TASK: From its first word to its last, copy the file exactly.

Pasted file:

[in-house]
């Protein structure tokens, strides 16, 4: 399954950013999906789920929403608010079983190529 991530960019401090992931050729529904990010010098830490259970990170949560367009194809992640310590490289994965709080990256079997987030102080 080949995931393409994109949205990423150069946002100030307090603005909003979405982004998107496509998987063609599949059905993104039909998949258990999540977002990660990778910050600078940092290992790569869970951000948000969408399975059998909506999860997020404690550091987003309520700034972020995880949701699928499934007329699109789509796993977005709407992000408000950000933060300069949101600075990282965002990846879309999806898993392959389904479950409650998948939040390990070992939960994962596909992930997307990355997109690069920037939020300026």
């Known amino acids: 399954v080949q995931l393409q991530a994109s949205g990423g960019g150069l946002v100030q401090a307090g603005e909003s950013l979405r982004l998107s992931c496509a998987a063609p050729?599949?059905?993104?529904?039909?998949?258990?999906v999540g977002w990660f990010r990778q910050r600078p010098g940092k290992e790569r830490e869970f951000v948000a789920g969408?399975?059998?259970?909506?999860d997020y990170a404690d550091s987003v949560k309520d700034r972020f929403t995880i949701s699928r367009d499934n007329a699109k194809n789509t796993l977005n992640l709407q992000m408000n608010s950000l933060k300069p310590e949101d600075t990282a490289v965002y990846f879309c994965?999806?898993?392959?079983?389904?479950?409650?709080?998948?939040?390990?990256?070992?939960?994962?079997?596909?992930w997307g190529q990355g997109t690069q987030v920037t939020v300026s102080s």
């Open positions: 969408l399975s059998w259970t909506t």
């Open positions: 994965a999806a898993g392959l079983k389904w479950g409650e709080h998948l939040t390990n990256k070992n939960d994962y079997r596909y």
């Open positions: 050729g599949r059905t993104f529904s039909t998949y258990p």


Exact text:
[in-house]
């Protein structure tokens, strides 16, 4: 399954950013999906789920929403608010079983190529 991530960019401090992931050729529904990010010098830490259970990170949560367009194809992640310590490289994965709080990256079997987030102080 080949995931393409994109949205990423150069946002100030307090603005909003979405982004998107496509998987063609599949059905993104039909998949258990999540977002990660990778910050600078940092290992790569869970951000948000969408399975059998909506999860997020404690550091987003309520700034972020995880949701699928499934007329699109789509796993977005709407992000408000950000933060300069949101600075990282965002990846879309999806898993392959389904479950409650998948939040390990070992939960994962596909992930997307990355997109690069920037939020300026």
């Known amino acids: 399954v080949q995931l393409q991530a994109s949205g990423g960019g150069l946002v100030q401090a307090g603005e909003s950013l979405r982004l998107s992931c496509a998987a063609p050729?599949?059905?993104?529904?039909?998949?258990?999906v999540g977002w990660f990010r990778q910050r600078p010098g940092k290992e790569r830490e869970f951000v948000a789920g969408?399975?059998?259970?909506?999860d997020y990170a404690d550091s987003v949560k309520d700034r972020f929403t995880i949701s699928r367009d499934n007329a699109k194809n789509t796993l977005n992640l709407q992000m408000n608010s950000l933060k300069p310590e949101d600075t990282a490289v965002y990846f879309c994965?999806?898993?392959?079983?389904?479950?409650?709080?998948?939040?390990?990256?070992?939960?994962?079997?596909?992930w997307g190529q990355g997109t690069q987030v920037t939020v300026s102080s």
């Open positions: 969408l399975s059998w259970t909506t």
């Open positions: 994965a999806a898993g392959l079983k389904w479950g409650e709080h998948l939040t390990n990256k070992n939960d994962y079997r596909y």
């Open positions: 050729g599949r059905t993104f529904s039909t998949y258990p």